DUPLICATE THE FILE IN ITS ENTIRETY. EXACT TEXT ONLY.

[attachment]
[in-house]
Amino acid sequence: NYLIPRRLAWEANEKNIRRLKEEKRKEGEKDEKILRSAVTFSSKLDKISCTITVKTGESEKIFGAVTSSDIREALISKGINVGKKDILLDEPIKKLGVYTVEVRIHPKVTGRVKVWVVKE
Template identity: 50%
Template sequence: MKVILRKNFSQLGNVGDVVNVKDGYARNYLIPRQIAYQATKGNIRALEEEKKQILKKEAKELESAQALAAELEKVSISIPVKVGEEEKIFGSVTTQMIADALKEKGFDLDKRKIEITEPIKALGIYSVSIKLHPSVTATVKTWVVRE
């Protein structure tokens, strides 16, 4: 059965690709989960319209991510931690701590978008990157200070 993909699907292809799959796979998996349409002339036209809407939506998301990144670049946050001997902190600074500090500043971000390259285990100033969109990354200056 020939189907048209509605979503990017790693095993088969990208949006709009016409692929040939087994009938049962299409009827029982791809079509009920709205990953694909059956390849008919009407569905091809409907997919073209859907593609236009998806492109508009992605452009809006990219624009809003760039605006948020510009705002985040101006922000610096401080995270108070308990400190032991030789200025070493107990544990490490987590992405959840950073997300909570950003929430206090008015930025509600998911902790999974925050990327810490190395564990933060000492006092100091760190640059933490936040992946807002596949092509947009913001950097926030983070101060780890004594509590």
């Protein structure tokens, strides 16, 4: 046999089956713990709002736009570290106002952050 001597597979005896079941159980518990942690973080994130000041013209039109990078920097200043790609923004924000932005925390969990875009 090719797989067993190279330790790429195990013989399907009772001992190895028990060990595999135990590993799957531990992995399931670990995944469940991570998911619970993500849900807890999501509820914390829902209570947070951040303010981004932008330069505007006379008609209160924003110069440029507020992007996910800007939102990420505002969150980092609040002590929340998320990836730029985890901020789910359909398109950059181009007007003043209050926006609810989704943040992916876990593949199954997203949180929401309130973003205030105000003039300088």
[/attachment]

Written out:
[in-house]
Amino acid sequence: NYLIPRRLAWEANEKNIRRLKEEKRKEGEKDEKILRSAVTFSSKLDKISCTITVKTGESEKIFGAVTSSDIREALISKGINVGKKDILLDEPIKKLGVYTVEVRIHPKVTGRVKVWVVKE
Template identity: 50%
Template sequence: MKVILRKNFSQLGNVGDVVNVKDGYARNYLIPRQIAYQATKGNIRALEEEKKQILKKEAKELESAQALAAELEKVSISIPVKVGEEEKIFGSVTTQMIADALKEKGFDLDKRKIEITEPIKALGIYSVSIKLHPSVTATVKTWVVRE
């Protein structure tokens, strides 16, 4: 059965690709989960319209991510931690701590978008990157200070 993909699907292809799959796979998996349409002339036209809407939506998301990144670049946050001997902190600074500090500043971000390259285990100033969109990354200056 020939189907048209509605979503990017790693095993088969990208949006709009016409692929040939087994009938049962299409009827029982791809079509009920709205990953694909059956390849008919009407569905091809409907997919073209859907593609236009998806492109508009992605452009809006990219624009809003760039605006948020510009705002985040101006922000610096401080995270108070308990400190032991030789200025070493107990544990490490987590992405959840950073997300909570950003929430206090008015930025509600998911902790999974925050990327810490190395564990933060000492006092100091760190640059933490936040992946807002596949092509947009913001950097926030983070101060780890004594509590």
């Protein structure tokens, strides 16, 4: 046999089956713990709002736009570290106002952050 001597597979005896079941159980518990942690973080994130000041013209039109990078920097200043790609923004924000932005925390969990875009 090719797989067993190279330790790429195990013989399907009772001992190895028990060990595999135990590993799957531990992995399931670990995944469940991570998911619970993500849900807890999501509820914390829902209570947070951040303010981004932008330069505007006379008609209160924003110069440029507020992007996910800007939102990420505002969150980092609040002590929340998320990836730029985890901020789910359909398109950059181009007007003043209050926006609810989704943040992916876990593949199954997203949180929401309130973003205030105000003039300088």